In a paper recently published in the journal e-Neuro, NSB doctoral recipient Matthew LaClair and his advisor Agnes Lacreuse, examined what is a highly controversial topic in humans, by turning to the nonhuman primate, the common marmoset. The investigators asked whether biological sex modulates some aspects of cognitive performance as well as neural connectivity measures. They identified sex differences in cognitive flexibility that are correlated with sex-dependent patterns of resting brain networks. The findings support the idea that cognitive sex differences may have identifiable intrinsic neural correlates. Investigating the dynamics of cognitive sex differences and associated brain networks across the lifespan may shed a new light on sex-specific cognitive disorders.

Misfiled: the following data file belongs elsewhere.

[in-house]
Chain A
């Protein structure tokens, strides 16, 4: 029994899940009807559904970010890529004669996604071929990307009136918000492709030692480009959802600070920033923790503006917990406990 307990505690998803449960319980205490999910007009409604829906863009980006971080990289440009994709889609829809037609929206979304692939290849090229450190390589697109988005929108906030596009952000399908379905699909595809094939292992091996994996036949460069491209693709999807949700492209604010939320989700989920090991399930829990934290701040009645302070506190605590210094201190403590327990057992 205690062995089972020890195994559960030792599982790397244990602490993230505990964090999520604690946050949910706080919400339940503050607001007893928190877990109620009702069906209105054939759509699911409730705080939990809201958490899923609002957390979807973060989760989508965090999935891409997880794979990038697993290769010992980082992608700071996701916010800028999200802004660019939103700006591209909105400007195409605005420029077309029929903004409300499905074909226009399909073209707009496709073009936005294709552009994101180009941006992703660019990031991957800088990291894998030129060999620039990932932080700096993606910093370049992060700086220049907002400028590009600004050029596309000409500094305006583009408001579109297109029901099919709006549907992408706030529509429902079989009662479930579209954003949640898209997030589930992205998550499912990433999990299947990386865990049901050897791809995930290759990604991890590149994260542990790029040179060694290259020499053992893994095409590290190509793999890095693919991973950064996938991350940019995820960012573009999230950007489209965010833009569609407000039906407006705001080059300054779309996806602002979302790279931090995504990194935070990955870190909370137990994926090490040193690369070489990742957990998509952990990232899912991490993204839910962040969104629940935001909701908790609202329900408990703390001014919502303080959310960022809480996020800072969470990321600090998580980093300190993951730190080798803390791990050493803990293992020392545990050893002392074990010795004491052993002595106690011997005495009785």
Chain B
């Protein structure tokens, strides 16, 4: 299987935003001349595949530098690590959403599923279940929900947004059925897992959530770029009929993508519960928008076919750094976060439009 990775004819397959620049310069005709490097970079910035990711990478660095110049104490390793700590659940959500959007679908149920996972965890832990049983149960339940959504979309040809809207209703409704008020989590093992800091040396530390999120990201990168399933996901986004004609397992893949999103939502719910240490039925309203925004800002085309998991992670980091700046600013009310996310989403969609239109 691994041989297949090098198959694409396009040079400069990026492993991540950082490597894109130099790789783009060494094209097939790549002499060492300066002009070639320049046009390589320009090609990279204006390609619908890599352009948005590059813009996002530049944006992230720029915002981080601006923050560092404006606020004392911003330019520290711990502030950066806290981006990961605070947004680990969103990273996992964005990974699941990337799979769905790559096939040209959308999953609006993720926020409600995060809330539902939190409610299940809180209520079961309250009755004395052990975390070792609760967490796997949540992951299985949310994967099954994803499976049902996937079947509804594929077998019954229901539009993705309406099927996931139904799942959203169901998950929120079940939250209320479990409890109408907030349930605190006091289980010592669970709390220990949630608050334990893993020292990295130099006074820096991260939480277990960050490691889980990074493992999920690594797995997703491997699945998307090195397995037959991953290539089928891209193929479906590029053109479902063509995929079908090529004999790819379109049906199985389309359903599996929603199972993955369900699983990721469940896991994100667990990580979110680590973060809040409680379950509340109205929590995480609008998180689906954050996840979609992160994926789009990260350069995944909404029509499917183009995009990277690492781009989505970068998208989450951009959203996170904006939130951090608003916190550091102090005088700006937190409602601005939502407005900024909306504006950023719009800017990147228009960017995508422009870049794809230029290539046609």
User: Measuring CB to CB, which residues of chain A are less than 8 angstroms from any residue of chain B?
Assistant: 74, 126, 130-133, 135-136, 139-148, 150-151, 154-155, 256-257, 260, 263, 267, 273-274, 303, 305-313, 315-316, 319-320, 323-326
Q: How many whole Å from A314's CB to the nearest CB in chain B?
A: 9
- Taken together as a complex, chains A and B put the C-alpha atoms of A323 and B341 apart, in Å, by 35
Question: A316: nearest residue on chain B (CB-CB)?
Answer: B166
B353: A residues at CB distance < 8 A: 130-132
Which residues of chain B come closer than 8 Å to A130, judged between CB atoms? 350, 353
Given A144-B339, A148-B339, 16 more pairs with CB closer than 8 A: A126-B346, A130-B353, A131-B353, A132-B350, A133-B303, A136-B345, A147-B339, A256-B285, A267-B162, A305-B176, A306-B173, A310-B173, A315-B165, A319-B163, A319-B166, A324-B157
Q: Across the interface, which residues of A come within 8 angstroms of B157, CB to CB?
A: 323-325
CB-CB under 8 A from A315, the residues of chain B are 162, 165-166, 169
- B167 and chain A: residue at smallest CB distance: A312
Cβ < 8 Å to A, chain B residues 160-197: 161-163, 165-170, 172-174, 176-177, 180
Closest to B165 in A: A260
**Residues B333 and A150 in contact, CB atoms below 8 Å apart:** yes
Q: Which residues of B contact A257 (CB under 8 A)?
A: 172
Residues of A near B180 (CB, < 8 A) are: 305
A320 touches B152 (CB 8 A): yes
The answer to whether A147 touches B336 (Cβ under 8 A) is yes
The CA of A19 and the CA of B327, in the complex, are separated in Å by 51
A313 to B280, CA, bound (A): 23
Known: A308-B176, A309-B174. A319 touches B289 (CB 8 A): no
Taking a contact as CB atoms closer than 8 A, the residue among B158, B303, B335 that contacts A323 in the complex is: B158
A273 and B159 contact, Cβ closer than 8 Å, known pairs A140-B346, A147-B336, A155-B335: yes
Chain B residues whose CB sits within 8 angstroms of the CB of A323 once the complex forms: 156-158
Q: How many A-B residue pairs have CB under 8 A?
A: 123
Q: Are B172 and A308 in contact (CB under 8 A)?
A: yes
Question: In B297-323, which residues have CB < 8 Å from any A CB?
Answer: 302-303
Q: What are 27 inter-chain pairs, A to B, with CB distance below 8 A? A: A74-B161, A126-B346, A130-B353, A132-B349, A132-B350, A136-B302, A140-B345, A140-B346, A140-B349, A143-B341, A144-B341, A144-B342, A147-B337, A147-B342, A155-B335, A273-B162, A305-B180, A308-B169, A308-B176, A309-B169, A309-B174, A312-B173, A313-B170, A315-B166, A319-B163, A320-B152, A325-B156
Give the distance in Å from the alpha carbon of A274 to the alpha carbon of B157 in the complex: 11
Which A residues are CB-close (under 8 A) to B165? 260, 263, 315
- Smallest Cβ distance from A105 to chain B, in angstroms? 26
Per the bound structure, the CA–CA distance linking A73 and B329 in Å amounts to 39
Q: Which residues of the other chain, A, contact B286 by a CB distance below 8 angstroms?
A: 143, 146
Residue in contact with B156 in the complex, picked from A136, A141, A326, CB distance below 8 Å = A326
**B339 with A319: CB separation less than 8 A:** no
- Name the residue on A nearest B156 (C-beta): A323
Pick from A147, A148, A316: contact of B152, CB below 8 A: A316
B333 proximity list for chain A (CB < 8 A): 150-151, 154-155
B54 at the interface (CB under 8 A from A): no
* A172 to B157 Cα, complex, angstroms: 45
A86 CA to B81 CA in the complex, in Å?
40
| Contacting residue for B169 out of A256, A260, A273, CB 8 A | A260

Sex differences in cognitive flexibility and resting brain networks in middle-aged marmosets.
M. LaClair, M. Febo, B. Nephew, N.J. Gervais, G. Poirier, K. Workman, S. Chumachenko, L. Payne, M.C. Moore, J.A. King, A. Lacreuse, eNeuro. 1 July 2019, ENEURO.015419.2019; DOI: 10.1523/ENEURO.0154-19.2019